There are now more than 400,000 Australian apprentices in training compared to 154,800 in 1996. While the TAFE system still delivers approximately 70 to 85 per cent of all publicly funded training programs, it very much needs to refocus on trade training requirements, addressing the skill needs of industry and providing effective employment outcomes for its clients. Until the TAFE system is reviewed with a much stronger focus on flexibility and responsiveness to industry, employer and student needs, it will not have the ability to effectively meet the future skill needs of Australia. Likewise, while some schools such as Southern River College and Thornlie Senior High School in my electorate of Hasluck have done extremely well in introducing effective vocational programs, many schools have struggled. Why? Because they need specialist technical and industry specific skills and resources beyond the scope of the academic budgets of most high schools. The simple reality is that it costs more to deliver effective vocational training than to deliver English or geography. State Labor governments need to realise this and do something about it. Australian technical colleges are showing the way in developing industry specific opportunities for the 70 per cent of high school students not going to university, focusing on both academic and technical skills needed by students to develop successful careers in a trade. They also provide an excellent learning environment for those who learn by doing.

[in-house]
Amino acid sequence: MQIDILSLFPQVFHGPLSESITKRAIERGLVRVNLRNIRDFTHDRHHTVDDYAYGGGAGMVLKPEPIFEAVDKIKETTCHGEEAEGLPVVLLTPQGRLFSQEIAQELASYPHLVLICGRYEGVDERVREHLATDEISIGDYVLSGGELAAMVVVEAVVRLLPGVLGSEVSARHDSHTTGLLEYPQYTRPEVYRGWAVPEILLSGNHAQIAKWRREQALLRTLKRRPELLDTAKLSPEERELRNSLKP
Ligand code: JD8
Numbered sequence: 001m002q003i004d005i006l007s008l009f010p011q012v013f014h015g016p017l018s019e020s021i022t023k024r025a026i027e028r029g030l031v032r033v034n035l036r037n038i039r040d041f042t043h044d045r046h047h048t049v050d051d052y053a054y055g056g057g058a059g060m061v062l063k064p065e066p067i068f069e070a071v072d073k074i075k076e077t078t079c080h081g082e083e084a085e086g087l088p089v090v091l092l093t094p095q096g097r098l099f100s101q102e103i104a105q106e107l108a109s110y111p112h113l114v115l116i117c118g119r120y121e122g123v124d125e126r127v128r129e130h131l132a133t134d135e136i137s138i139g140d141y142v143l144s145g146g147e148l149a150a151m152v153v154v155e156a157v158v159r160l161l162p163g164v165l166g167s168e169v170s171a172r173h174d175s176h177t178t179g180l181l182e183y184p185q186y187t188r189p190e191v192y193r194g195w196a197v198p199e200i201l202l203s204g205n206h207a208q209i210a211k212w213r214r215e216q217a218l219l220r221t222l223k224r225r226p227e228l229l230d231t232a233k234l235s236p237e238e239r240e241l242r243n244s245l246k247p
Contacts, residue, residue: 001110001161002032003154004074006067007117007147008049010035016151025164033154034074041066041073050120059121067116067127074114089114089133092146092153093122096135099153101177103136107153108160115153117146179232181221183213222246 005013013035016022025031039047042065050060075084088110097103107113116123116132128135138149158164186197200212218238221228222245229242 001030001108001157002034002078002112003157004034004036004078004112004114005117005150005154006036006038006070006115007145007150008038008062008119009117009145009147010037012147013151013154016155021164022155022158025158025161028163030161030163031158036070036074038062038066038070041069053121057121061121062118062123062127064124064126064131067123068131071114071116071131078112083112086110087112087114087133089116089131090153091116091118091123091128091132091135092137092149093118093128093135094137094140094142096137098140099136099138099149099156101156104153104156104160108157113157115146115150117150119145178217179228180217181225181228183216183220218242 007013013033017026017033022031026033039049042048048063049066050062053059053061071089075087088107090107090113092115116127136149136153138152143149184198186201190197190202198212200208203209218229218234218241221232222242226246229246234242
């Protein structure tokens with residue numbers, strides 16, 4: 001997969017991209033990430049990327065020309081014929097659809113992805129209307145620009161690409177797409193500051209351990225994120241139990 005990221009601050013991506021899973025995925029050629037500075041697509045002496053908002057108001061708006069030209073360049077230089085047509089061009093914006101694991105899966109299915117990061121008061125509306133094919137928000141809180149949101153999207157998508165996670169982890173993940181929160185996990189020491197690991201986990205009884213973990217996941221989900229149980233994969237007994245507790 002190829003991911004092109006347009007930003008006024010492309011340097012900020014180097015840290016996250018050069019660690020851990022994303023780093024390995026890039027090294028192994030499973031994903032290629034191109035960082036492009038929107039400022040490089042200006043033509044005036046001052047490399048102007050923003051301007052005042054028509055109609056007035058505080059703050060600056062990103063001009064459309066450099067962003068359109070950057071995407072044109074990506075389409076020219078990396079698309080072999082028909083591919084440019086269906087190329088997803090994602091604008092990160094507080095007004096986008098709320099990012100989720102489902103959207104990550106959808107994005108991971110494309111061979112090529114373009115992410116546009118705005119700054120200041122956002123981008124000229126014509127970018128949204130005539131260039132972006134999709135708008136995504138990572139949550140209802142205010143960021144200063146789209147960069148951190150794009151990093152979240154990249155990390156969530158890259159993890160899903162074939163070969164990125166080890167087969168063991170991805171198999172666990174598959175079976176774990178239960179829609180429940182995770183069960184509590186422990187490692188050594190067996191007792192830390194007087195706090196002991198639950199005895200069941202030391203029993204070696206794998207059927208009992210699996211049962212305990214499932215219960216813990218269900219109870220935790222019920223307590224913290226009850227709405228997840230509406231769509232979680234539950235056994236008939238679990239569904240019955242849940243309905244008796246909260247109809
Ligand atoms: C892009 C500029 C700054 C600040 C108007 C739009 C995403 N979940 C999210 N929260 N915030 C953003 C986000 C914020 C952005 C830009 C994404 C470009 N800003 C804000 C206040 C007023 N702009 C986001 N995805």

These budget announcements build strongly on other training initiatives implemented by the Howard government. For example, late last year the Prime Minister announced a number of initiatives in the $837 million Skills for the Future package, providing more opportunities for Australians to gain new skills and develop an entrepreneurial workforce. In announcing these measures he said: